Avalanche danger keeps road closed to Valdez

ANCHORAGE — Avalanche conditions remain too unstable to clear a highway into the Alaska city of Valdez, state transportation officials said Tuesday.


Two major avalanches and 10 or so smaller ones dumped snow Friday along 27 miles of the Richardson Highway, the only road access to the city at the end of the trans-Alaska pipeline.

One avalanche blocked a river and created a half-mile lake that covers the highway.

The pipeline buried in the area wasn’t affected. Likewise, city residents have been mostly unaffected unless they had plans to drive elsewhere in Alaska. Valdez is accessible by aircraft, ferry and barge and the city received a shipment of groceries in containers Monday.

The highway Tuesday remained closed from Mile 12 to Mile 42.

The Alaska Department of Transportation announced crews had begun removing snow from a major slide at Mile 39. Once debris is cleared from the area, the department said, crews will focus on smaller slides that may have affected single lanes of the highway in Thompson Pass, the 2,800-foot passageway through the Chugach Mountains.

The more serious problem remained at the site of the other major slide at Mile 12.

Tons of snow fell onto the highway in Keystone Canyon, a 300-foot-wide choke point where the highway runs parallel to the Lowe River. DOT spokeswoman Hannah Blankenship said snow 40 feet deep and 1,000 to 1,500 feet long covered the highway.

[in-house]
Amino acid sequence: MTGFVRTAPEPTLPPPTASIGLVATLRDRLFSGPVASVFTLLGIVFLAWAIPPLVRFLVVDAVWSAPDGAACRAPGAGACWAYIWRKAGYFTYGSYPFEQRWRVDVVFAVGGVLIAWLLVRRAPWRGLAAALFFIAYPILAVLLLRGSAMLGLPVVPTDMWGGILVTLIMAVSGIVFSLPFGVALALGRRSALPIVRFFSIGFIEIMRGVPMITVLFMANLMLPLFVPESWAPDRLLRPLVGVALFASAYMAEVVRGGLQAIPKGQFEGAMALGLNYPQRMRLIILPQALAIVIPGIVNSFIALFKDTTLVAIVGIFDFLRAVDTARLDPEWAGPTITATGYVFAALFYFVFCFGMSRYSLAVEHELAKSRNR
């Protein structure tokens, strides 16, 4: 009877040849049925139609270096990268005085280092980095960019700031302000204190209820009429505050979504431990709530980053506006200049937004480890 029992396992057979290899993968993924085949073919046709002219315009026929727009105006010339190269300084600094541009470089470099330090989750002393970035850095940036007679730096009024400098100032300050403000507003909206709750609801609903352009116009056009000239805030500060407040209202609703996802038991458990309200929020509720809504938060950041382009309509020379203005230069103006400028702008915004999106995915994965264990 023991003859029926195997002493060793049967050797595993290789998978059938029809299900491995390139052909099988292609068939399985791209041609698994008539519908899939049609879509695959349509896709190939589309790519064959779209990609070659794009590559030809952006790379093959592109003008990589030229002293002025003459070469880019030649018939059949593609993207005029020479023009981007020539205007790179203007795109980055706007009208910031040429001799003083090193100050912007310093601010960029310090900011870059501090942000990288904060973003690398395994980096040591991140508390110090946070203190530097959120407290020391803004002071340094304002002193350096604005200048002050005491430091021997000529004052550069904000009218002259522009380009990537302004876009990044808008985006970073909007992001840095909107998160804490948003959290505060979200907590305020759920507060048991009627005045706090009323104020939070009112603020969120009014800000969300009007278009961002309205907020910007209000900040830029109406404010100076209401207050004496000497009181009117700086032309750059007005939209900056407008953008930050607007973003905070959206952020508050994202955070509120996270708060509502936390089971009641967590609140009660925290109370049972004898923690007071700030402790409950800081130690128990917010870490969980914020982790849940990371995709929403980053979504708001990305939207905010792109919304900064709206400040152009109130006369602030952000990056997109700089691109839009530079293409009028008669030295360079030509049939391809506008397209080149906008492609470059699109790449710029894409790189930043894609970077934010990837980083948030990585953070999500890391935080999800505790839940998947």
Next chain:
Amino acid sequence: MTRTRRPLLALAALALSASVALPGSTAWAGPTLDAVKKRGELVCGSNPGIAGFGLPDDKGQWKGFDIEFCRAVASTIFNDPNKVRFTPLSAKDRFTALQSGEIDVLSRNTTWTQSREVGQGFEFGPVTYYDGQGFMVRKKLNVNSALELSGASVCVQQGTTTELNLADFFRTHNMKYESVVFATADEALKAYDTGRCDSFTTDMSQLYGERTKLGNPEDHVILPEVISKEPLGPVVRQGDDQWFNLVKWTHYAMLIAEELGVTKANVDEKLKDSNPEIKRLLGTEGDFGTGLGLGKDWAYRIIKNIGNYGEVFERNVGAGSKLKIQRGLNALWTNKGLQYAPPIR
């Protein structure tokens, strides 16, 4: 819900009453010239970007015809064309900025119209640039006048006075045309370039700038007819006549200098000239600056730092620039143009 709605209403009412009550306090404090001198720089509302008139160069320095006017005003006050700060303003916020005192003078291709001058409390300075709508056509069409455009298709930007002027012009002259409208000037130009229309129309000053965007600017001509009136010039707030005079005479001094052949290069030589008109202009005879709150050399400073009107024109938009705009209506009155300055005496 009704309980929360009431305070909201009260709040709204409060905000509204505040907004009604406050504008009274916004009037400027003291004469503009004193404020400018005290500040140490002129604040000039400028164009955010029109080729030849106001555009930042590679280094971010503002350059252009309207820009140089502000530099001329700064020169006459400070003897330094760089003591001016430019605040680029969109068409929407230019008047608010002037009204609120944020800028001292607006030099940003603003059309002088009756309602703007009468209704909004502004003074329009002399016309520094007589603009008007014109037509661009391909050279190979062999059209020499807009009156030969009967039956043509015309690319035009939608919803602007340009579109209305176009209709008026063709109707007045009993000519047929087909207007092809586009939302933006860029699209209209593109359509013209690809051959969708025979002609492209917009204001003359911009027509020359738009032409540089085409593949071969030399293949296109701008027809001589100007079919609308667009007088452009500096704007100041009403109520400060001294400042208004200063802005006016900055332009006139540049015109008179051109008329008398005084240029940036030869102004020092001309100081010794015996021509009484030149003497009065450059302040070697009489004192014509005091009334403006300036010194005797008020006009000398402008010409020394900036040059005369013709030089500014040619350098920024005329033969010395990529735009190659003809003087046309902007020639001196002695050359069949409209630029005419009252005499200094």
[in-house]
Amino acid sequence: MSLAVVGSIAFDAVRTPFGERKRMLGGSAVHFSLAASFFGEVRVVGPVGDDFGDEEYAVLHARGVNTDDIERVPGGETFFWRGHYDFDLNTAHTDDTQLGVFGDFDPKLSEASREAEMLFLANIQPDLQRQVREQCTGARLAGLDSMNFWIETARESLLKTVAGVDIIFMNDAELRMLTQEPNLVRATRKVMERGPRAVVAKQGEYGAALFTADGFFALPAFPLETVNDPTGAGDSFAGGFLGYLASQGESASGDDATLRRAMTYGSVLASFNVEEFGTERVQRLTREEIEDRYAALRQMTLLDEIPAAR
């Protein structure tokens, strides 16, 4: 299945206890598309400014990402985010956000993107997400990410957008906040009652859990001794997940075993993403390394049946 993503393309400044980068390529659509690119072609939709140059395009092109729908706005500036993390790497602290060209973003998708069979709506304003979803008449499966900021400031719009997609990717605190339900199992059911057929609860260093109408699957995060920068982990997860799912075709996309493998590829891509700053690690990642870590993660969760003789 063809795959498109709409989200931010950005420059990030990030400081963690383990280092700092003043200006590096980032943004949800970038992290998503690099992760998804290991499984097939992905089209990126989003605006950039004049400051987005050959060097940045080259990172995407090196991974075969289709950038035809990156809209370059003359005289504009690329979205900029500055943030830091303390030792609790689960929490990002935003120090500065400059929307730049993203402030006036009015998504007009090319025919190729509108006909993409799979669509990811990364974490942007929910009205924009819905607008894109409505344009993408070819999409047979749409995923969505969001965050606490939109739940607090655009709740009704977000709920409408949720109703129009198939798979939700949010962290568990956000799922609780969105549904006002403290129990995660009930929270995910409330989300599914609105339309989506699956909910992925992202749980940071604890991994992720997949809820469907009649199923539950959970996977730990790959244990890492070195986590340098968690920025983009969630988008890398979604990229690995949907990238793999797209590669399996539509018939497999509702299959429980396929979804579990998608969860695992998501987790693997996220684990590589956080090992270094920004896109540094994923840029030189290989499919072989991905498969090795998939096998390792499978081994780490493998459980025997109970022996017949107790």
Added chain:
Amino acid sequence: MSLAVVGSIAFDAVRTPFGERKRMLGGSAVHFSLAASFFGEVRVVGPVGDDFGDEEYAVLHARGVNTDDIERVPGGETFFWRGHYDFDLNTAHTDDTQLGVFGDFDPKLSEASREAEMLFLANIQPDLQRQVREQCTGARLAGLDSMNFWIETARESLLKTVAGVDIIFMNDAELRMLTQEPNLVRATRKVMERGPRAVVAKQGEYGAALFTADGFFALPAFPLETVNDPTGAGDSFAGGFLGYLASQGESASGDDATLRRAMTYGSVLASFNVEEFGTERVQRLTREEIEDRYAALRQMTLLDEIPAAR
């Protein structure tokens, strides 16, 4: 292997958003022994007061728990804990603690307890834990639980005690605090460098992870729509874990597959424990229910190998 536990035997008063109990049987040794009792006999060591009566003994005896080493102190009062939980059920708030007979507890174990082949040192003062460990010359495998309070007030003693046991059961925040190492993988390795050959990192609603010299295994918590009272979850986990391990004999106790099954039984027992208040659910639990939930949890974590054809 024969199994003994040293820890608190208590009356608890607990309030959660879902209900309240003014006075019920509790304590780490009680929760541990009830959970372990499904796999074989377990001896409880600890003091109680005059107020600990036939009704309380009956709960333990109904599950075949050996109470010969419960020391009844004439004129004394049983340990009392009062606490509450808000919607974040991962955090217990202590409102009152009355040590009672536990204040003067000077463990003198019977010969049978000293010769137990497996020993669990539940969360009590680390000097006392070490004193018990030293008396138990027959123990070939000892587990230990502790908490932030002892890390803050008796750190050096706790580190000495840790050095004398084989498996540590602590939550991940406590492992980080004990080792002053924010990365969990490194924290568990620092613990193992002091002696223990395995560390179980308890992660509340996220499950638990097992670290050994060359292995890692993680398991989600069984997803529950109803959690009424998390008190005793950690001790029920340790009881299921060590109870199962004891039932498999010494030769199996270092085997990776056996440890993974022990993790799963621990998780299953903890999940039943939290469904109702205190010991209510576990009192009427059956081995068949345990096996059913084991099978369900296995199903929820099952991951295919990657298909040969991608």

The avalanche dammed the Lowe River and backed up water, creating the half-mile long lake that’s 5 to 10 feet deep on the north end away from the blockage.

Water has been draining underneath the avalanche and through a nearby railroad tunnel.

“It’s dropping at the same rate as we estimated before, which is 5 inches per hour,” Blankenship said.

About 500 feet of roadway has been exposed since the lake formed. However, conditions remain too dangerous to clear the avalanche. The snow cannot be reached by heavy equipment on the water side and digging from the south side could collapse the snow dam and trigger a surge of water that put work crews in danger.

Highway officials plan to resume using explosives Wednesday to bring down loose snow in avalanche zones, Blankenship said.

The department uses both a 105mm howitzer and explosives in 50-pound bags dropped from helicopters to trigger controlled avalanches.


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